….I could walk in my garden forever

If I had a flower for every time I thought of you, I could walk in my garden forever – Tennyson

When my father passed away, I was given a gift of remembrance from some coworkers. The gift was 50 tulip bulbs….


The other day I realized that this fall, it will be 10 years since my dad passed away. I think that came as a surprise to me because I do think about my dad all the time, even though he is gone. He once told me that when I was in a job interview, to answer questions as he would – brag a little. In the last months of his life, we talked almost everyday. And everyday he would choose one thing that I did that day and tell me how I had done a “good job” on that thing. He was specific and earnest.

I was not close to my dad growing up. My parents were divorced when I was too young to remember him. He was not a regular (or even irregular) part of my life until I was in my twenties and living across the country from him. It took us a long time to negotiate our relationship. Fortunately, it became much easier before he passed away. And everything before that no longer matters.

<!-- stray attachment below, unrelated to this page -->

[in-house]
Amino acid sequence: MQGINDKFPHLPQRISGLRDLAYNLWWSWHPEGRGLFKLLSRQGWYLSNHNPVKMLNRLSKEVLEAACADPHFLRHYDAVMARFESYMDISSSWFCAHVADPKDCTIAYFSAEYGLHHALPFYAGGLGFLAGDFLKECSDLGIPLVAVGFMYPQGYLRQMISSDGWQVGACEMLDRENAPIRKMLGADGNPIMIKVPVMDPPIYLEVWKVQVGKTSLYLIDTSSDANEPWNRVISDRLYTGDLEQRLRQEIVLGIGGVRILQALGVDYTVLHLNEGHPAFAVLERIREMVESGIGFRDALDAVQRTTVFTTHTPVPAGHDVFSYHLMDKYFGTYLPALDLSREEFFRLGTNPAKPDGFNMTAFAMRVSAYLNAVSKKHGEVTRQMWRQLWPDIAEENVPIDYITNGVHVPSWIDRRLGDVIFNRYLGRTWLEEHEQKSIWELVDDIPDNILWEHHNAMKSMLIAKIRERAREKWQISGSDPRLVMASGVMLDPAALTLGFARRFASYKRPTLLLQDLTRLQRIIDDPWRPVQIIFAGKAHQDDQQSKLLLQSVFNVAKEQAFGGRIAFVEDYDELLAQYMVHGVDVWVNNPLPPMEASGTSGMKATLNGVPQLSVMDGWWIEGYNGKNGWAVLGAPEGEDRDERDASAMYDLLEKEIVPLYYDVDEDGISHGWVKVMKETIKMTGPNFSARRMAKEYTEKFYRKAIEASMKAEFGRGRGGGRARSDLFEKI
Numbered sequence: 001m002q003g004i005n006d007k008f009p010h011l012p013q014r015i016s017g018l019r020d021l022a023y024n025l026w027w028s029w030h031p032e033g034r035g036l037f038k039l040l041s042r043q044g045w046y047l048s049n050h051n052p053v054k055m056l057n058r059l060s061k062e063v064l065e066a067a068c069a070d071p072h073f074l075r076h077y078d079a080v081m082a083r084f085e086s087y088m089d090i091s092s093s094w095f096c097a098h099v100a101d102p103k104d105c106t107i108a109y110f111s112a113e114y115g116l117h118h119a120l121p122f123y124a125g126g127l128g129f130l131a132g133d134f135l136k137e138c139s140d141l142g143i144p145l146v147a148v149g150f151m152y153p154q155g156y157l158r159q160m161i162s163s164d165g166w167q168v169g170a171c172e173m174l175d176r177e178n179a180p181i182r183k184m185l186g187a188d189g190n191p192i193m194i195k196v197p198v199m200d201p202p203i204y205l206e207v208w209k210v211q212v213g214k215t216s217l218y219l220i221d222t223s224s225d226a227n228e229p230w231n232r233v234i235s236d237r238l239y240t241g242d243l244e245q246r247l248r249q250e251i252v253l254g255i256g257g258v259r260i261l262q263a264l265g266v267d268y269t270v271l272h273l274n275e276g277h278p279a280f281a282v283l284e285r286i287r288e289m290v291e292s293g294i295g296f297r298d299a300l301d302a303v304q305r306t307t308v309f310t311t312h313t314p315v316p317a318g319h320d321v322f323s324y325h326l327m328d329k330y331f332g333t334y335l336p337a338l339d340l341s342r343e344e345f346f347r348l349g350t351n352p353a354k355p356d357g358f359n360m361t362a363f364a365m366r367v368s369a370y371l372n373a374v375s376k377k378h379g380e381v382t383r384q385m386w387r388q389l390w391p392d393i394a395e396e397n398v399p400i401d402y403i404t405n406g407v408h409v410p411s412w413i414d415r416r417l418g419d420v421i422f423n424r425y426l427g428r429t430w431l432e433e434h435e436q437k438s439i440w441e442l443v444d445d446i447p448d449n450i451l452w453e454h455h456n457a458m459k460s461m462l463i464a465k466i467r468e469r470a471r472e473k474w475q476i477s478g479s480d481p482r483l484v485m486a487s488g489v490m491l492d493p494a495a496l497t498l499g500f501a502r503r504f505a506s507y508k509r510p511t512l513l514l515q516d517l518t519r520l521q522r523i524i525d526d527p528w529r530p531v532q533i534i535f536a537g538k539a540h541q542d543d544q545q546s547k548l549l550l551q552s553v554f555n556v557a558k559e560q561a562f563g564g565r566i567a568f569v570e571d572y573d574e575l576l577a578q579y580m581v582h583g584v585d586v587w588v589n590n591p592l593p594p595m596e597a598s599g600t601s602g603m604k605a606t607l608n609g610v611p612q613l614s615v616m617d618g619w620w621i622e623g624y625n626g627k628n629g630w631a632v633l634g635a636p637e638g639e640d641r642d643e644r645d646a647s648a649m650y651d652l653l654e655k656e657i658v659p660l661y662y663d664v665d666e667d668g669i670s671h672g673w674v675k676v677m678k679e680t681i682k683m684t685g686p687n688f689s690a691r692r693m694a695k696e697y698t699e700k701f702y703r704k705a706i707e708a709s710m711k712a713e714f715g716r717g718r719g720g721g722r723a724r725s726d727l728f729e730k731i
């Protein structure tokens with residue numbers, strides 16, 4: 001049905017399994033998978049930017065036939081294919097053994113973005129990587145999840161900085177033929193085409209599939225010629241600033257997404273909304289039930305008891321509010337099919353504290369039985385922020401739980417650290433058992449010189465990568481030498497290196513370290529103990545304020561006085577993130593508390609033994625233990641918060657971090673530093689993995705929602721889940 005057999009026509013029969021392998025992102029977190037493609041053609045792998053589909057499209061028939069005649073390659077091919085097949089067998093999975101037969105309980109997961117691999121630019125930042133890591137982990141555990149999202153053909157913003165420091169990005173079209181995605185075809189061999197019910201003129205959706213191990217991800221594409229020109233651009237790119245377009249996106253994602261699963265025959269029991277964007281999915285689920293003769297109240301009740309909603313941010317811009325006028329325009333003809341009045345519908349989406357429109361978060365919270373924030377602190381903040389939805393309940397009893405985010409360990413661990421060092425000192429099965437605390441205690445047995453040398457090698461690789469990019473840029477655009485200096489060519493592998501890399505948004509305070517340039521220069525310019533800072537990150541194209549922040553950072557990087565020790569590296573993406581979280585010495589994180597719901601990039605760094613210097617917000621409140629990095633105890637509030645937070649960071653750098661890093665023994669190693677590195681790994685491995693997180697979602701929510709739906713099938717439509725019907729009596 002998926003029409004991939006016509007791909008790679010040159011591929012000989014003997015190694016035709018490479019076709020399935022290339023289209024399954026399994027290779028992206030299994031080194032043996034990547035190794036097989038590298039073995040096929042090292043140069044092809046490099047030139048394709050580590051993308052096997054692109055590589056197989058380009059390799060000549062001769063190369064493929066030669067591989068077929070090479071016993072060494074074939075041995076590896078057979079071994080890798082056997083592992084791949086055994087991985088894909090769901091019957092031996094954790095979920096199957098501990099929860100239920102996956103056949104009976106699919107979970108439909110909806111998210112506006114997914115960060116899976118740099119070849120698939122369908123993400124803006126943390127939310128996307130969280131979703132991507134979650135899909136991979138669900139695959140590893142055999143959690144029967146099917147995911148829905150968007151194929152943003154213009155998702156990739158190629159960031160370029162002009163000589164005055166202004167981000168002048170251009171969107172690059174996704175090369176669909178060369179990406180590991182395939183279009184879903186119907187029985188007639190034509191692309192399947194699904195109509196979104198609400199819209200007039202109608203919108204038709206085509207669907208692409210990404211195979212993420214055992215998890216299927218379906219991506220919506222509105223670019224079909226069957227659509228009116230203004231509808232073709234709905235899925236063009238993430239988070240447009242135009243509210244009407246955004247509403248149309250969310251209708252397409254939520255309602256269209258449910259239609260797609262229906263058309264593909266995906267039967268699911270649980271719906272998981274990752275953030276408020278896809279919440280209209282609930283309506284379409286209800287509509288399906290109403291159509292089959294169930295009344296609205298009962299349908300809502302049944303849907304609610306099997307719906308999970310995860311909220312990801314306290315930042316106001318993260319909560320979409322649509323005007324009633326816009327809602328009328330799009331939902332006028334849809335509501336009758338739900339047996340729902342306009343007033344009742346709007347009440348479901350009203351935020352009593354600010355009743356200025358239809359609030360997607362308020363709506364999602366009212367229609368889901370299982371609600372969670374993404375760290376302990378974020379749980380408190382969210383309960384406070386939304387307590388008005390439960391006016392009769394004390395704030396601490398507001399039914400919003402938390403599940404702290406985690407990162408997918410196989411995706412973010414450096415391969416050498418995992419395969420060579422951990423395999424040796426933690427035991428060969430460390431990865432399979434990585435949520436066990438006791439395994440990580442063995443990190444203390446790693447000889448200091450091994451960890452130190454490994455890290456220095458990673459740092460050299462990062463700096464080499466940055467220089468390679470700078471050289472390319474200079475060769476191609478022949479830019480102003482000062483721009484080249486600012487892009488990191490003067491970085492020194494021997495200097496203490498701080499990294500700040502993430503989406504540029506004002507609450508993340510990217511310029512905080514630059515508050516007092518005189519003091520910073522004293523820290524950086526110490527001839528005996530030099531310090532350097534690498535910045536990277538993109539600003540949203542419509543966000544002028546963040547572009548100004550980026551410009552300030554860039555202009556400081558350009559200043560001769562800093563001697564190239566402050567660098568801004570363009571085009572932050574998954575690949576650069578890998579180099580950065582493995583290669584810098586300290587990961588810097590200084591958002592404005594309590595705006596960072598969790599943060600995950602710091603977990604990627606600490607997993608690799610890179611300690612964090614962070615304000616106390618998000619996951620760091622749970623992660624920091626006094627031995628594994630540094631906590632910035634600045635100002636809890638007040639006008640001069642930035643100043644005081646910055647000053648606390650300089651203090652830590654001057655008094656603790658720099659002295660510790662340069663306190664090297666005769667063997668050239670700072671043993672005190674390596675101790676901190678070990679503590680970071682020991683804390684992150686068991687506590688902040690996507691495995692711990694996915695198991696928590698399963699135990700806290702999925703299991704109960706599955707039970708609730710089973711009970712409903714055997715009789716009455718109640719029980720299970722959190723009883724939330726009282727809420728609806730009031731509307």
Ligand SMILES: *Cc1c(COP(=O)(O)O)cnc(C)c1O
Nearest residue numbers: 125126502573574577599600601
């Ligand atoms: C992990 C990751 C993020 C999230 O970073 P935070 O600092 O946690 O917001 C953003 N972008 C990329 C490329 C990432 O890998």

These days, my dad is often in my thoughts. I am struggling, trying to figure out how to work with a particular student and finding that my patience is being tested. A lot. So, sometimes, when I am struggling, I think about what my dad would say. I know that there’s a good chance what he would say would be very colourful and perhaps more than a little inappropriate – but at the same time, it makes me laugh and reminds me how I would scold and educate my dad on his inappropriate comments. It also makes me realize that if I could have the patience to forge my relationship with my dad, a relationship that took more than 40 years of negotiations to build, that I can have patience with this little person for one more day.